Overall, the second quarter of the 2019 season began with a swoon that saw Dallas lose three straight but ended on a high note with the Cowboys putting 37 points apiece on the Eagles and Giants to maintain their lead in the NFC East.
That rebound is worthy of some awards:
MVP: Amari Cooper
As with all MVP awards, it would be easy and perhaps appropriate to give it to the quarterback for any successful team, but Amari Cooper has been dynamic for these Cowboys. Without him, this offense looks pedestrian. Dak Prescott is having his best season, sure, but he only looks the part when he has Cooper on the field with him.
Cooper makes everyone else around him better. He commands attention and defensive respect which allows Gallup, Witten, Cobb and Elliott to see favorable matchups. In addition, Cooper has become that needed outlet for Prescott on third downs and goal-to-go situations. With Cooper, the Cowboys have become a top ten scoring offense.
Newcomer: Robert Quinn
Much like the quarter season awards we have to recognize Robert Quinn. He has really stepped up his game to give Dallas a pass rush threat outside of DeMarcus Lawrence. Now with Michael Bennett in the fold, expect more from both Quinn and Lawrence over the next eight weeks.
Unsung Hero: Connor Williams
The Cowboys offensive line as a whole has played better this year and Connor Williams is no exception to that. He has improved ten-fold from his rookie season where he struggled to play up to the standard of the line. Williams still has had some issues with picking up stunts but the improvement is there and that shows in how well the line has played as a whole. With the return of Frederick as the anchor in the middle, he should only get better.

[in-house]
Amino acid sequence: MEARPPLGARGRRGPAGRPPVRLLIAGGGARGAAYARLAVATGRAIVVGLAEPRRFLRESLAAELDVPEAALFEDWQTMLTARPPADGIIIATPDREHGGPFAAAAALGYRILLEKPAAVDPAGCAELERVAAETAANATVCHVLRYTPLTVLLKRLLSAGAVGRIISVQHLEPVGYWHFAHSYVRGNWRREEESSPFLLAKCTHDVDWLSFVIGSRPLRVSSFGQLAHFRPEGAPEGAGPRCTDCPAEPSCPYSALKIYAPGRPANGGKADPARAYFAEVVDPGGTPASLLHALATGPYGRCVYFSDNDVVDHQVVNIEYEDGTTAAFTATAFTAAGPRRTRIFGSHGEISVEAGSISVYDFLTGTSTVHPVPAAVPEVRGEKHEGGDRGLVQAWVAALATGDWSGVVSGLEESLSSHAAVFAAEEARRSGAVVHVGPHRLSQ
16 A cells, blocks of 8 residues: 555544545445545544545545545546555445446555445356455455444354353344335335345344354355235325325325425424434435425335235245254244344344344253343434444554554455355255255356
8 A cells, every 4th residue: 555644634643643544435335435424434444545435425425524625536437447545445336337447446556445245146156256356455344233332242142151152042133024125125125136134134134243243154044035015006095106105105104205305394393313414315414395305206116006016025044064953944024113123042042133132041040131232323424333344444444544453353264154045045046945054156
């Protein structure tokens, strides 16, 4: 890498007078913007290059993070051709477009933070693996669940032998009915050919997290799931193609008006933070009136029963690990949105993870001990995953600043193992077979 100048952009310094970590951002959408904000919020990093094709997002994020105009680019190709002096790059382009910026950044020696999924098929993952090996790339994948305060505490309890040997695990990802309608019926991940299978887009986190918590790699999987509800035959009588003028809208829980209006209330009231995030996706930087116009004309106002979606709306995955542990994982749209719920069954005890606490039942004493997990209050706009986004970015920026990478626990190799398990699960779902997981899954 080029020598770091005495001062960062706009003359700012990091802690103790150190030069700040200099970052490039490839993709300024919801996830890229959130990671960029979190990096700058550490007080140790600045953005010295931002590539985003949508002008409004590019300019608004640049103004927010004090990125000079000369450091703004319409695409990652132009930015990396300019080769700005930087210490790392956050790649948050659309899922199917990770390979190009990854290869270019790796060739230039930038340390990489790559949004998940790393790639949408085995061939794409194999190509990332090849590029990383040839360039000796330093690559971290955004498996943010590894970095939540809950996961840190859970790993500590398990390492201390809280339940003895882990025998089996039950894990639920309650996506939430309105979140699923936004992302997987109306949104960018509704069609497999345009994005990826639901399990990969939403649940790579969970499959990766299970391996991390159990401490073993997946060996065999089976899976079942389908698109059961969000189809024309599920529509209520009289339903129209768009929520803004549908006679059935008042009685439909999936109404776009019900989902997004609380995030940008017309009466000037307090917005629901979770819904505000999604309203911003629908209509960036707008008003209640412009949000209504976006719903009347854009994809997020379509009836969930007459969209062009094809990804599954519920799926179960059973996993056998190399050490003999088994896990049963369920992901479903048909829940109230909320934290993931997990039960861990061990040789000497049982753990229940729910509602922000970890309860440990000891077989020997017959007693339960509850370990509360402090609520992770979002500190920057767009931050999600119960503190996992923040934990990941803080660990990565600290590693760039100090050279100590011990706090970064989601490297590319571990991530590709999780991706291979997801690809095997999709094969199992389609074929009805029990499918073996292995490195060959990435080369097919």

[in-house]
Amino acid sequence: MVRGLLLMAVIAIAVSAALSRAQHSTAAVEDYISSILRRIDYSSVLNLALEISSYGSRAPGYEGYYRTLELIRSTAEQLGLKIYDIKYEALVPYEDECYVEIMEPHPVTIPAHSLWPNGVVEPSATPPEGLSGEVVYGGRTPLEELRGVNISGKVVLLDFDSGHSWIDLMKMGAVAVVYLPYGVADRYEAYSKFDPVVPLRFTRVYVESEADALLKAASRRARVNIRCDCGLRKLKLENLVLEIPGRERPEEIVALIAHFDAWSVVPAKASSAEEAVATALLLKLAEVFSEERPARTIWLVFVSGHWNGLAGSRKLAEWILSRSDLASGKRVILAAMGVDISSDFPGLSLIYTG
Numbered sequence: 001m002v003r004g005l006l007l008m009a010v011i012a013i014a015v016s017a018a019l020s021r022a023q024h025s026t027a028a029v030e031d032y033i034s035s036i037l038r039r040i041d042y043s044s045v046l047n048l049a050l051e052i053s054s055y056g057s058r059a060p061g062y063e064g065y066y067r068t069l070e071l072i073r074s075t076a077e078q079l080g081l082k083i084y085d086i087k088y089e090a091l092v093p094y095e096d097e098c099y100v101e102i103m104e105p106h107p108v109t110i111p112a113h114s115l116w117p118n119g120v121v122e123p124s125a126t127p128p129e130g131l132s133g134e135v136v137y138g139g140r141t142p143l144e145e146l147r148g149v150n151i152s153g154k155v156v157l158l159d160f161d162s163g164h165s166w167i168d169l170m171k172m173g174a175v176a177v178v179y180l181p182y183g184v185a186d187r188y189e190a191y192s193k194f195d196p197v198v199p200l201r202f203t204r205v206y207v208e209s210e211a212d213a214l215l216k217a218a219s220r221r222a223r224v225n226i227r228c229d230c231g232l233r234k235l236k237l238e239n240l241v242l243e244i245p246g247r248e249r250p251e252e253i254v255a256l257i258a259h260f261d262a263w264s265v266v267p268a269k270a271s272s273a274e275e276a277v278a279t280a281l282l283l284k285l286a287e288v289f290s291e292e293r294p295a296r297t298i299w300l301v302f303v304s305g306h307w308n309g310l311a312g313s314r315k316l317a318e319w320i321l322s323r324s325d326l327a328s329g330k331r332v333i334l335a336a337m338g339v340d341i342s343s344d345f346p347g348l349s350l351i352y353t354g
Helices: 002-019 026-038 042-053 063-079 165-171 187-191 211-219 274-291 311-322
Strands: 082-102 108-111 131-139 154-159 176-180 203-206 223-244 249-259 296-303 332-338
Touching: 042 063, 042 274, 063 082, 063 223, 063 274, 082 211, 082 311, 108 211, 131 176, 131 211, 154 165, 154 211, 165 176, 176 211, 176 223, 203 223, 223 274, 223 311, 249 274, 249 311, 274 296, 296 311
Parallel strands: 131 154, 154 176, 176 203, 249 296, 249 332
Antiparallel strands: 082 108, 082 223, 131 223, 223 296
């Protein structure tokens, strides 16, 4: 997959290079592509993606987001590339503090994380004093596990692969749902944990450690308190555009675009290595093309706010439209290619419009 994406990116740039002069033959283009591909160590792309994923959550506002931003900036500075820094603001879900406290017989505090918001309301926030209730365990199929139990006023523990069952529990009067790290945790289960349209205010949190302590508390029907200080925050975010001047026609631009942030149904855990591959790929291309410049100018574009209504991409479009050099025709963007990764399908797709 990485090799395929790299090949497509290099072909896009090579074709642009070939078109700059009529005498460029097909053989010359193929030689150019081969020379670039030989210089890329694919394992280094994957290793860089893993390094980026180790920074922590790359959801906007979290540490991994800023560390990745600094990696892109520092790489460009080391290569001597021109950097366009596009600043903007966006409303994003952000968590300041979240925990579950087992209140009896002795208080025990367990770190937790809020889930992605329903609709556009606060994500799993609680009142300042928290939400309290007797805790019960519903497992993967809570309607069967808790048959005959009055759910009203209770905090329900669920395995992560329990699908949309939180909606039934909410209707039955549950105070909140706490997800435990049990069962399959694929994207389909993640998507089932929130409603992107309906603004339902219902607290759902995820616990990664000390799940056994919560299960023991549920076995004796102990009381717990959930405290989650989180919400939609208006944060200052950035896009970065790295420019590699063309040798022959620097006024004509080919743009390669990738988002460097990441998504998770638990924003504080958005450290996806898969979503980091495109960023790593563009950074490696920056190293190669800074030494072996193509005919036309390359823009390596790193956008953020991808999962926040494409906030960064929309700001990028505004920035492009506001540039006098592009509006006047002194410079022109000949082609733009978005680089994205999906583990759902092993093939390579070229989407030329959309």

Comeback Player of the Year: Travis Frederick
There’s no question about this one even with the Cowboys returning a future Hall of Famer in Jason Witten. Travis Frederick is the only selection worthy. He has shown the ability to overcome Guillain Barre Syndrome, miss an entire NFL season, and return to an All-Pro level. With Frederick back in tow, the Cowboys have been better able to protect their quarterback and allow Elliott to find holes with good success.
Trash Talker: Jourdan Lewis
It’s tough to out-do Tank Lawrence in this category but Jourdan Lewis is getting the job done. On more than one occasion this year, Lewis has gotten under the skin of opposing players and then backed up his talk with a big play. The latest example is egging on Giants wide receiver Golden Tate last Monday and then punctuating his night with a 63-yard fumble return for a touchdown to put a cap on a Cowboys win.